Located in the Ilala Municipality, Kariakoo is home for small, medium and large scale businesses such as estate development, banking, consultancy and shopping malls, with high interaction of people from all walks of life, petty traders and tycoons. Its commercial link with Asia, the Middle East, East and Central Africa has been growing fast in recent days.
Customers come from Uganda, Rwanda, the Democratic Republic of Congo, Zambia, Comoro, Mozambique and Zimbabwe. Once considered a lowly part of the city, Kariakoo is today a prime business area, where rents have gone extremely high and virtually no longer affordable for small scale businesses.
The Ilala Municipal Mayor Mr Jerry Silaa said that Kariakoo, the busiest business centre is set for a major facelift to meet both the domestic and international standards, which all demand high quality. He said a team of experts in real estate development will be formed soon to inspect all buildings, which ignored construction terms and conditions. Those found to have flouted the law be penalised and be made to make good on their omissions.
For example, he said, most buildings lacked parking space, making some streets to be impassable, a cause for unnecessary congestion of vehicles, people and petty traders. “The aim is to modernise the area, to accommodate more businesses from both local and foreign investors to boost its significance as a source of employment and revenue for the government,” he said.
To implement the plan, the municipal authority is expected to hold negotiations with some lending institutions to invest in the infrastructure development, including the paving of streets. After the modernisation process, some streets will be closed for business activities.
The municipal director, Mr Gabriel Fuime said there was an ongoing process to collect opinions from various stakeholders on how to modernise the Dar es Salaam city, including the Kariakoo area as an important business centre in the region. “Great plans are in place to make the area more productive, an important source for income for city residents and revenue for the government,” Mr Fuime said.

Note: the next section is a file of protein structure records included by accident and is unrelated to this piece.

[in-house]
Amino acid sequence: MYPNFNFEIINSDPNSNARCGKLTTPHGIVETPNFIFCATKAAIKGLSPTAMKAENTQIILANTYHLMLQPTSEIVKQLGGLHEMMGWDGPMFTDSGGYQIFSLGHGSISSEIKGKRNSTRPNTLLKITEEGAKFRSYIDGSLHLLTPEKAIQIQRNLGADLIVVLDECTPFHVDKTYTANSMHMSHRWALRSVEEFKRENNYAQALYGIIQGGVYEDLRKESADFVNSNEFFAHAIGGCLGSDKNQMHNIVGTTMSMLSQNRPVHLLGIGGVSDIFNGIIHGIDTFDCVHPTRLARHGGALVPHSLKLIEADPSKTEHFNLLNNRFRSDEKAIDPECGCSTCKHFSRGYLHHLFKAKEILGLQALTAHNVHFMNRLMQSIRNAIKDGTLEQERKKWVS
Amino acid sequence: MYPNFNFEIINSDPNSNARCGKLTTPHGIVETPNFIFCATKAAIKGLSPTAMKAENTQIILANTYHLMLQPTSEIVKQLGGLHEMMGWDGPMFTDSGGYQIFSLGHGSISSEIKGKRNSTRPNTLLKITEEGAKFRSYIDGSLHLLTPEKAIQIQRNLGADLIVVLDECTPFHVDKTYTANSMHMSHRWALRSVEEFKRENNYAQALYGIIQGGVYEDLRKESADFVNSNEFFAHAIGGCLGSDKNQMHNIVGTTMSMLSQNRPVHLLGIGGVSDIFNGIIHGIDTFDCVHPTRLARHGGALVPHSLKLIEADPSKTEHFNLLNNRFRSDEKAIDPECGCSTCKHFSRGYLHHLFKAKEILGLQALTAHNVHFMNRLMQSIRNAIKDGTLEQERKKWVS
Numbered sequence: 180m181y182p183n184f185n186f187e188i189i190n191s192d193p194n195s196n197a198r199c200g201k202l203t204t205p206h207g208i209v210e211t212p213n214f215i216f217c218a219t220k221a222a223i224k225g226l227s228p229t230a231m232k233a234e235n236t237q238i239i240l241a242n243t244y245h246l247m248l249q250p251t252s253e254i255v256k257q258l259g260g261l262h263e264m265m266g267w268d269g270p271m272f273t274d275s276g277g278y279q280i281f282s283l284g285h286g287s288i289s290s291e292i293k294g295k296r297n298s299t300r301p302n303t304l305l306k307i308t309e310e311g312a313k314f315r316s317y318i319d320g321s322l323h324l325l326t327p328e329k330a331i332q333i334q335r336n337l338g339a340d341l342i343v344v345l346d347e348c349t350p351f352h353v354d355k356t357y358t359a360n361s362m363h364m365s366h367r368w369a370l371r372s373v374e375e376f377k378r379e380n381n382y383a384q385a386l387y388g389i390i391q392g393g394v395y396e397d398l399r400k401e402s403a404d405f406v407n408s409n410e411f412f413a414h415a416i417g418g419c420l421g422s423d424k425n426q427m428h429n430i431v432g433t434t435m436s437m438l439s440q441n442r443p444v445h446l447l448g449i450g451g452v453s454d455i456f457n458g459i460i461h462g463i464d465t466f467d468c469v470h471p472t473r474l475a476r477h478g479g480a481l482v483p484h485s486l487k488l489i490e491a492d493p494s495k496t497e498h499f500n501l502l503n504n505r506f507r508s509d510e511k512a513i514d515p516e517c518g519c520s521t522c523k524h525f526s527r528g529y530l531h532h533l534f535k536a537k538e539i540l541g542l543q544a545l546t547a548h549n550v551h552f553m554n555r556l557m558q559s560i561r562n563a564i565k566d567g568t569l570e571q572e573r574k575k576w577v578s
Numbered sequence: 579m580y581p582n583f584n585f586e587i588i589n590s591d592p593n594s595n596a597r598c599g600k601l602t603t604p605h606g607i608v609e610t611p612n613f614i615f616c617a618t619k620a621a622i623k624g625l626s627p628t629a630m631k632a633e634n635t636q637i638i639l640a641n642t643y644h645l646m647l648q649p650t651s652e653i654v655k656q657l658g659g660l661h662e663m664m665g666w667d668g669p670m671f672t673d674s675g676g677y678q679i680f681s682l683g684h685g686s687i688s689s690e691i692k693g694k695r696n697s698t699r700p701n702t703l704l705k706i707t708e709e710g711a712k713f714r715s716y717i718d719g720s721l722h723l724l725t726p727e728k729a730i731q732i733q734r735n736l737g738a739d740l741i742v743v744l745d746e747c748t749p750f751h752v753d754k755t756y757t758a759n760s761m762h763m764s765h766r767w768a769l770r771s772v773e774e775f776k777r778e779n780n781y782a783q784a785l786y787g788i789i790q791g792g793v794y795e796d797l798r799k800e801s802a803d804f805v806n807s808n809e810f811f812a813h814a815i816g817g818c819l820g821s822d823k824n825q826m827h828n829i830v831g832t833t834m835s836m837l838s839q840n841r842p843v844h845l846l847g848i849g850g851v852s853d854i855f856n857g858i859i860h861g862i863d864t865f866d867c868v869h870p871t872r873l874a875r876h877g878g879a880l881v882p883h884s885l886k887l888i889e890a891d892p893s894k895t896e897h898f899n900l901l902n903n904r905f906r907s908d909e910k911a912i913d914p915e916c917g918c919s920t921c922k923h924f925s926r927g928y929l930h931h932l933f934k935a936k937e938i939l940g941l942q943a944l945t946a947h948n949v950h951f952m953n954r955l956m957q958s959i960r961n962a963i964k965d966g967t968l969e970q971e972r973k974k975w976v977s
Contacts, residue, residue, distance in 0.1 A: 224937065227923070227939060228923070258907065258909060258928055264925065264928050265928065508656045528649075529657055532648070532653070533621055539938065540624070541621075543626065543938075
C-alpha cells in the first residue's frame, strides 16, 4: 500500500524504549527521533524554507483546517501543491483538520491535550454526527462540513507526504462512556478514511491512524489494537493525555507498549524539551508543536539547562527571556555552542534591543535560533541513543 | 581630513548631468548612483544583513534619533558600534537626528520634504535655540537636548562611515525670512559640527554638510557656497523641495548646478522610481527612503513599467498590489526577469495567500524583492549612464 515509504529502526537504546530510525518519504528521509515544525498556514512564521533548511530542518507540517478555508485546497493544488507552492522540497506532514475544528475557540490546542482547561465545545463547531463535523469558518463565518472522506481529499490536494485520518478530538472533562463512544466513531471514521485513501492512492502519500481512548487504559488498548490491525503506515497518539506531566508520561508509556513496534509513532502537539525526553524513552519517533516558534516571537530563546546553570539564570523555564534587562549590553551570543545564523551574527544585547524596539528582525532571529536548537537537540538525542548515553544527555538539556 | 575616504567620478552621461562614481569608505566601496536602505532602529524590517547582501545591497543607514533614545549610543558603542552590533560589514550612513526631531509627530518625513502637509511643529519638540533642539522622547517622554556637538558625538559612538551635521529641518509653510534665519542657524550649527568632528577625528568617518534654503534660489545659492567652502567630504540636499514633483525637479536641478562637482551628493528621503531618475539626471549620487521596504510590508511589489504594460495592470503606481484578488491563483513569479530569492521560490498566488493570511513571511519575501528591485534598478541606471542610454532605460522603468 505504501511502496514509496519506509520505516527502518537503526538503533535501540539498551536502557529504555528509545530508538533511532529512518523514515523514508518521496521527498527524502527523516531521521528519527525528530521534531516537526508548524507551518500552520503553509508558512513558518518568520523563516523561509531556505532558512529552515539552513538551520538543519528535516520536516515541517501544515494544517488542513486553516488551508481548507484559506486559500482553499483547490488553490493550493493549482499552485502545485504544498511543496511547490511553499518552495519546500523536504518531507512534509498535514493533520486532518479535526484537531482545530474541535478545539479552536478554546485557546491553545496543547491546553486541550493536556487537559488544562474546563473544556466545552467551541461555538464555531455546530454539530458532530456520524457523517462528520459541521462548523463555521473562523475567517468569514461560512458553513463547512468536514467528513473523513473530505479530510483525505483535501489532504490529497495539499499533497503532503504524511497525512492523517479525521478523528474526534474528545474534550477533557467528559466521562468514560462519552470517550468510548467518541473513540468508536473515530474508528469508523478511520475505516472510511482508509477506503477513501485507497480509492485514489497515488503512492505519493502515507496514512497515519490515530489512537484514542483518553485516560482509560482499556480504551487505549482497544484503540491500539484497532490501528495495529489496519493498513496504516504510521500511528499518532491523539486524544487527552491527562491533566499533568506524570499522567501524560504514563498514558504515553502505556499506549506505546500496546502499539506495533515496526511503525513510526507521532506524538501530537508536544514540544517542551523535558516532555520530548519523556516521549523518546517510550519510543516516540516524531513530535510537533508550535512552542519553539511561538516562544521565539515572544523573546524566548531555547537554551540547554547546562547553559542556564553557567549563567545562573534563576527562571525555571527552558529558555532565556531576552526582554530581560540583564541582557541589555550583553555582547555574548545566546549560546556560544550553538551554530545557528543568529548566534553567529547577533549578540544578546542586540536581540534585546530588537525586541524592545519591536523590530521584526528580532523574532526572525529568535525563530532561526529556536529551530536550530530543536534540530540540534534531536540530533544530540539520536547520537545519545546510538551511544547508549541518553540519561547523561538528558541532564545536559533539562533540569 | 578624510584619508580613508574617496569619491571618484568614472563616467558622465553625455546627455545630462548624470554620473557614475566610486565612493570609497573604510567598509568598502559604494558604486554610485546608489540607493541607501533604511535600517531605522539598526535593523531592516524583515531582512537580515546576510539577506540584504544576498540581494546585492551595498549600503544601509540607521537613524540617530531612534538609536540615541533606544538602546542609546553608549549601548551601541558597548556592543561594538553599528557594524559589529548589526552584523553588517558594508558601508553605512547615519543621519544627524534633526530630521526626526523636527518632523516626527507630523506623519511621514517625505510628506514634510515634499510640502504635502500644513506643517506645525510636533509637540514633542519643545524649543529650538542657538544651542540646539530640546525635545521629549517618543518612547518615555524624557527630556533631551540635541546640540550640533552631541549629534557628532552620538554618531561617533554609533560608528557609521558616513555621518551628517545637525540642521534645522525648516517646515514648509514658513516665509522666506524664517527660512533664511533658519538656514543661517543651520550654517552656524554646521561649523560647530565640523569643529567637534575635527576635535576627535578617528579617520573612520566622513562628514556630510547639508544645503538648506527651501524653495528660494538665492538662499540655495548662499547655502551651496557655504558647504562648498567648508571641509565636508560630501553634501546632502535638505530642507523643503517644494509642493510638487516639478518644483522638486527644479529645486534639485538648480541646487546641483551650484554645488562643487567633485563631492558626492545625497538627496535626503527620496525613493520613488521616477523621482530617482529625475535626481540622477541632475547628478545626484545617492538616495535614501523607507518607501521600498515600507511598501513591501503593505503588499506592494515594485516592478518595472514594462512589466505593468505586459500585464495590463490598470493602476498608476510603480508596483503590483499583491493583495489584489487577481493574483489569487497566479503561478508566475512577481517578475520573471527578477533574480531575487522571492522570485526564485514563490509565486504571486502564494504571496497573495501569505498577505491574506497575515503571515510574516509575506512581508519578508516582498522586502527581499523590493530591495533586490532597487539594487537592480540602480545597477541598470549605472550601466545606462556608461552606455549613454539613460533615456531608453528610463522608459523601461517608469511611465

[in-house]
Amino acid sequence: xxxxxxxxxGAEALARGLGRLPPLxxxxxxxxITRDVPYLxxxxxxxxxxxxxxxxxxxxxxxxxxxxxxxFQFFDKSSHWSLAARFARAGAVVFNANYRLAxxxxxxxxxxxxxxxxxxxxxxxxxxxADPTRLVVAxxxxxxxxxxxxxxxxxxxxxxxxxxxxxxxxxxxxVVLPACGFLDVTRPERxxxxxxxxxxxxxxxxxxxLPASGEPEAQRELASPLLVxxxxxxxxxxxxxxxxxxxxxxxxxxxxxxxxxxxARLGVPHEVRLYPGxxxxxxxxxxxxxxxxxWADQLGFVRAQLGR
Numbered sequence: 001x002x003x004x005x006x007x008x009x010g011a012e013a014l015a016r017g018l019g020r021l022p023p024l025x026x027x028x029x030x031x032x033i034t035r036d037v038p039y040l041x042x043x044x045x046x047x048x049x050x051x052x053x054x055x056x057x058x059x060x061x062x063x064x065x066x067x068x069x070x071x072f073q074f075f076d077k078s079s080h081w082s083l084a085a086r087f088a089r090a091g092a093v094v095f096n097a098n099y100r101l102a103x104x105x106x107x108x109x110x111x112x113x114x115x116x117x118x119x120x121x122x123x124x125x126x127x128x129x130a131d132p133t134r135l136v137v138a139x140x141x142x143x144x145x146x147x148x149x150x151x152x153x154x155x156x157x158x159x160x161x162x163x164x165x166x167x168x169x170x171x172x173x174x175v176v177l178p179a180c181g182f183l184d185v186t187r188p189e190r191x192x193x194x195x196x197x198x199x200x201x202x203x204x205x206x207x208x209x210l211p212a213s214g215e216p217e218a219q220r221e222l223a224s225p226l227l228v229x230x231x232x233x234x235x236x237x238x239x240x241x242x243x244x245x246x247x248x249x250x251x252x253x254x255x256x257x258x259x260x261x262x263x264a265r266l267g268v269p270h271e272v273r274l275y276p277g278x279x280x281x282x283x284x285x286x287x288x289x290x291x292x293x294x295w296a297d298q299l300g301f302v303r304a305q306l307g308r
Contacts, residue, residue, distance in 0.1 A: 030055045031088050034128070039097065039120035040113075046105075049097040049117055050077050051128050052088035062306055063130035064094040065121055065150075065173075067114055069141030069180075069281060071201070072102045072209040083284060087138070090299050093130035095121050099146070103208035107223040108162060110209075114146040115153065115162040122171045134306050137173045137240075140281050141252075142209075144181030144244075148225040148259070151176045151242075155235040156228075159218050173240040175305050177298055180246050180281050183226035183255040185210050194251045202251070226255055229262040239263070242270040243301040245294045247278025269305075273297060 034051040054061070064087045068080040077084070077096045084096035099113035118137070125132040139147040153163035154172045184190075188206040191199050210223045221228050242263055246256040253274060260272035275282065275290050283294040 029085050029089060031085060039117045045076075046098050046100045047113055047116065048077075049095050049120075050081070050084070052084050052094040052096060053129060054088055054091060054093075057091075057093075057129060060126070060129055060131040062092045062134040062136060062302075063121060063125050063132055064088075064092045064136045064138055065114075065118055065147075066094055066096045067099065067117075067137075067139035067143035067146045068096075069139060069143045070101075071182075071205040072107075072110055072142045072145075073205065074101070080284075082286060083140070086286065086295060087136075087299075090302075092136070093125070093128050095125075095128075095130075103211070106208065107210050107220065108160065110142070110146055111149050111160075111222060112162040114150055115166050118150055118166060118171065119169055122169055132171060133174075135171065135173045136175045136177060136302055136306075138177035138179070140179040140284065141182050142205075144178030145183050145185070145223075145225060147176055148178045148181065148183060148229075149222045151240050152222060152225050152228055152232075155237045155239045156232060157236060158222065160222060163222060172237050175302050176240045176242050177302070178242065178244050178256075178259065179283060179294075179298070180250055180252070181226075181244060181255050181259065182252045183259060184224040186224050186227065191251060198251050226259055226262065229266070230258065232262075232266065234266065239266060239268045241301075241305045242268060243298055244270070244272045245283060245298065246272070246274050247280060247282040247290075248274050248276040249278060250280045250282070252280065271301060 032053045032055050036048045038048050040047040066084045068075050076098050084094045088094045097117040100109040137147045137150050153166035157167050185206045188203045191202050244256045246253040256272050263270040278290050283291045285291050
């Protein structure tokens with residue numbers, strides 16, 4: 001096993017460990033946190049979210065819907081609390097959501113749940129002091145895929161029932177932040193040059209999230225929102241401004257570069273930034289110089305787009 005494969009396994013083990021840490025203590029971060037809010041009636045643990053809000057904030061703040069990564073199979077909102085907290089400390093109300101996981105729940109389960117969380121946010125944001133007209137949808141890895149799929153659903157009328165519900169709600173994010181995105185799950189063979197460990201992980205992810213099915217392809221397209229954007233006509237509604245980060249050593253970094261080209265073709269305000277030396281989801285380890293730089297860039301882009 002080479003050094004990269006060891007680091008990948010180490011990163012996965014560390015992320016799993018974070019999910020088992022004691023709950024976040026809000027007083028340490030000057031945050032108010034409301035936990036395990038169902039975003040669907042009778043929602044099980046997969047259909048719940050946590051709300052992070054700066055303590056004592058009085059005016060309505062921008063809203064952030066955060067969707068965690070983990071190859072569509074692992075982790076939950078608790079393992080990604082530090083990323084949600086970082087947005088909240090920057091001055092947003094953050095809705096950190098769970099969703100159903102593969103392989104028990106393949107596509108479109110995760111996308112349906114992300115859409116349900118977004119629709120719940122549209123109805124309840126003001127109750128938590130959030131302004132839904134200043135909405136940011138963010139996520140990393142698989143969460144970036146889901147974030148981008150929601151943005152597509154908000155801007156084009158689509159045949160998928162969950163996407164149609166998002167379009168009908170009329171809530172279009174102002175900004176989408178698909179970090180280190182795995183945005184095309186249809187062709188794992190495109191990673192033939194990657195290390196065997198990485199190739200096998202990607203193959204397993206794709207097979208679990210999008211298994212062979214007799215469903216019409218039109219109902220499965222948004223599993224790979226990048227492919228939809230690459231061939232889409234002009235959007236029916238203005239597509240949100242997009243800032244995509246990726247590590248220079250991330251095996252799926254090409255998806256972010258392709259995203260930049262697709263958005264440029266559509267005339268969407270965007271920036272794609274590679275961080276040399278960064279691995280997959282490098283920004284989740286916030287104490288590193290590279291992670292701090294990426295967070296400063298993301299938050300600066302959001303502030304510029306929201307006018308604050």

The Tanzania Bankers’ Association (TBA) Chairman, Mr Laurence Mafuru, was quoted by the local media saying the country’s economy remains mainly informal, with only 25 per cent of the total money in the economy transacted in the formal financial system. “The formal (financial) system in Tanzania remains narrow as huge amounts of cash are in the informal system.
There is 10 million US dollars (about 16bn/-) for instance transacted daily at Kariakoo market alone,” remarked Mr Mafuru, also the Managing Director of National Bank of Commerce (NBC). Mr Mafuru challenged the central bank to work creatively to encourage more people in the country to join the formal financial system, saying the government’s monetary and fiscal policies rarely yield results because 75 per cent of the money in the market circulates in the informal system.
Many commercial banks, which target Small and Medium Enterprises (SMEs), have opened branches at Kariakoo, probably the busiest spot in Tanzania, to tap the huge business potential. The landmark four-decade old market built in 1974 on the place where a much older colonial market once stood, accommodates 1,558 businesses and serves a population of 55,000 people daily, according to official statistics from the market management.